Eighteen masterpieces by Cezanne, the French painter whose brush strokes inspired the likes of Matisse and Picasso, go on display this Saturday at the Art Gallery of Hamilton (AGH) as part of the exhibit The World is An Apple: The Still Lifes of Paul Cezanne.
AGH curator Benedict Leca organized the show, which premiered at Philadelphia’s prestigious Barnes Foundation this past June. The exhibit marks just the second time these works — loaned from international galleries and collectors, dating from the mid- to late-1800s and worth an undisclosed but enormous sum of money — have hung in the same room.
Today, the paintings in gilded frames are must-haves for the world’s top art museums and line the pages of art history texts. But, Leca said, it’s important to remember these were “radical paintings” when Cezanne first showed them in major venues in Paris.
"Critics said 'This guy’s crazy. He’s clearly deranged. Call the police, we’ve got a psycho on our hands'," Leca said.
Obviously, Leca — who has studied Cezanne (1839-1906) extensively — disagrees.
"This is like poetry," he said, as he excitedly criss-crossed the room from one painting to another.
"He’s making imaginative leaps and he wants you to join him."
So, how do you do that? How do you get the most out of going to this exhibit? Leca has a few suggestions.
Look at every mark
Cezanne is "the ultimate painter’s painter," Leca said, and he leaves plenty of hints about how he does his work. While some paintings may appear unfinished at the edges, they're absolutely not. It's a clue, Leca said, to look closer.
"It’s essentially a self-portrait. It draws attention to his painting. His technique."
It’s more than an apple
As the exhibit’s title suggests, the humble apple is the star of the show, with some skulls and flowers on display, too. But Cezanne isn’t just painting the objects, he’s also crafting abstract landscapes within his still life paintings, and playing with colours and shapes.
“He’s operating on so many different levels,” Leca said.
“This guy authorizes imaginative leaps. He does all sorts of crazy stuff.”
Leca recommends looking closely at how Cezanne builds up his oil paintings — particularly of interest are where objects meet the atmosphere around them — and let your imagination run wild from there.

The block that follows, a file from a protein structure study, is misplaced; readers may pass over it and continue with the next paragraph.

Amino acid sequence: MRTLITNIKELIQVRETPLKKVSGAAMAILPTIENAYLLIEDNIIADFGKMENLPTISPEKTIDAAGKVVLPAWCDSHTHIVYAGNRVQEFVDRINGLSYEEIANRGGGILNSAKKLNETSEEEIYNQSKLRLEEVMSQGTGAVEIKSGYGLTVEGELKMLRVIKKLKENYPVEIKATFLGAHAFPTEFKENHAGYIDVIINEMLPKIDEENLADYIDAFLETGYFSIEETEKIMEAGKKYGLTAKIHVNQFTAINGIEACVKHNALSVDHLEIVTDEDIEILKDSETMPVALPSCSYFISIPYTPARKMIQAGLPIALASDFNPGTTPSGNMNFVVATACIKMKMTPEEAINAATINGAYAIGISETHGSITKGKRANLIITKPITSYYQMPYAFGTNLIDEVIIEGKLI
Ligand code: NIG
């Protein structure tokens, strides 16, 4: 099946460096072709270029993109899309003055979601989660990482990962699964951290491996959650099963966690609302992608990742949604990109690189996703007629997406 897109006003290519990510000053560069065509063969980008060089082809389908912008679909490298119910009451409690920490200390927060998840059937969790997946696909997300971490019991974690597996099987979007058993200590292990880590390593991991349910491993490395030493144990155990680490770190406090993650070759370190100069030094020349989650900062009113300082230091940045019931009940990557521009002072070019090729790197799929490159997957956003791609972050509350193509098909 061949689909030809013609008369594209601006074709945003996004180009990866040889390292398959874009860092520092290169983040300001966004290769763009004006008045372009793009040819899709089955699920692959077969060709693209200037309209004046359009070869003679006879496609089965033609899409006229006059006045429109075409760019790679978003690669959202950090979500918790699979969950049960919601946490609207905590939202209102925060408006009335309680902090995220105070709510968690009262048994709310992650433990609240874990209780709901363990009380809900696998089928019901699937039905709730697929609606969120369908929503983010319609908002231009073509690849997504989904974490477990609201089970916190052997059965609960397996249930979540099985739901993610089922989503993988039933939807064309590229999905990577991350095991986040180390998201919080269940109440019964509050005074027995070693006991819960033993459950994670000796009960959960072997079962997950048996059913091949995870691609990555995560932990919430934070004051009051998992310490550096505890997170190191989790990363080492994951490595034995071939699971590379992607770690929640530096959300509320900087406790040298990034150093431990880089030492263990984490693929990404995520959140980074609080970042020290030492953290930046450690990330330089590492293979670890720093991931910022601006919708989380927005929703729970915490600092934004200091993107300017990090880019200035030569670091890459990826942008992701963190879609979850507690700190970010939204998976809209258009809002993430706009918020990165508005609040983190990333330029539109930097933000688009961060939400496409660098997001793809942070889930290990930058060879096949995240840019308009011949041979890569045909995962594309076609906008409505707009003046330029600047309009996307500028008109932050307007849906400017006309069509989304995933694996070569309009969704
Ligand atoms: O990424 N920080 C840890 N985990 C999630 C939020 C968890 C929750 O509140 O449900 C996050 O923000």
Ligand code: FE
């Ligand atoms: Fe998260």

Break the rules
When Cezanne, who lived and worked in Aix-en-Provence, showed his work in Paris he wanted it to be a "stick in the eye" of the city’s critics, Leca said.
Compare his works to some other paintings from the time (a few are placed on an adjacent wall to make it easy) and see the painter’s rebellious streak.
While it's not essential to enjoying the show, it is fun to think that some of the painter’s most scorned work of the time sells for tens of millions of dollars today. His painting The Card Players was bought by Qatar’s royal family in 2011 for an undisclosed sum believed to be well over $250 million, making it the most expensive painting ever sold at auction.
Leca didn’t get into specifics, but said some high-tech security will be in place during the exhibition. He said he's hoping more than 50,000 people will visit the show during its run at the AGH.
"This is one of the most famous Cezanne’s in the world," Leca gushed, as he stared toward one of the painter's uniquely rendered skulls. Then, almost to himself, "I can’t believe they loaned it to me."
The show goes until Feb. 8, 2015 and admission is $10. That also gets you into the rest of the AGH’s exhibits, including another new exhibition featuring the work of several prominent local artists.
For those craving more information about Cezanne’s work, a detailed catalogue written by Leca is also available.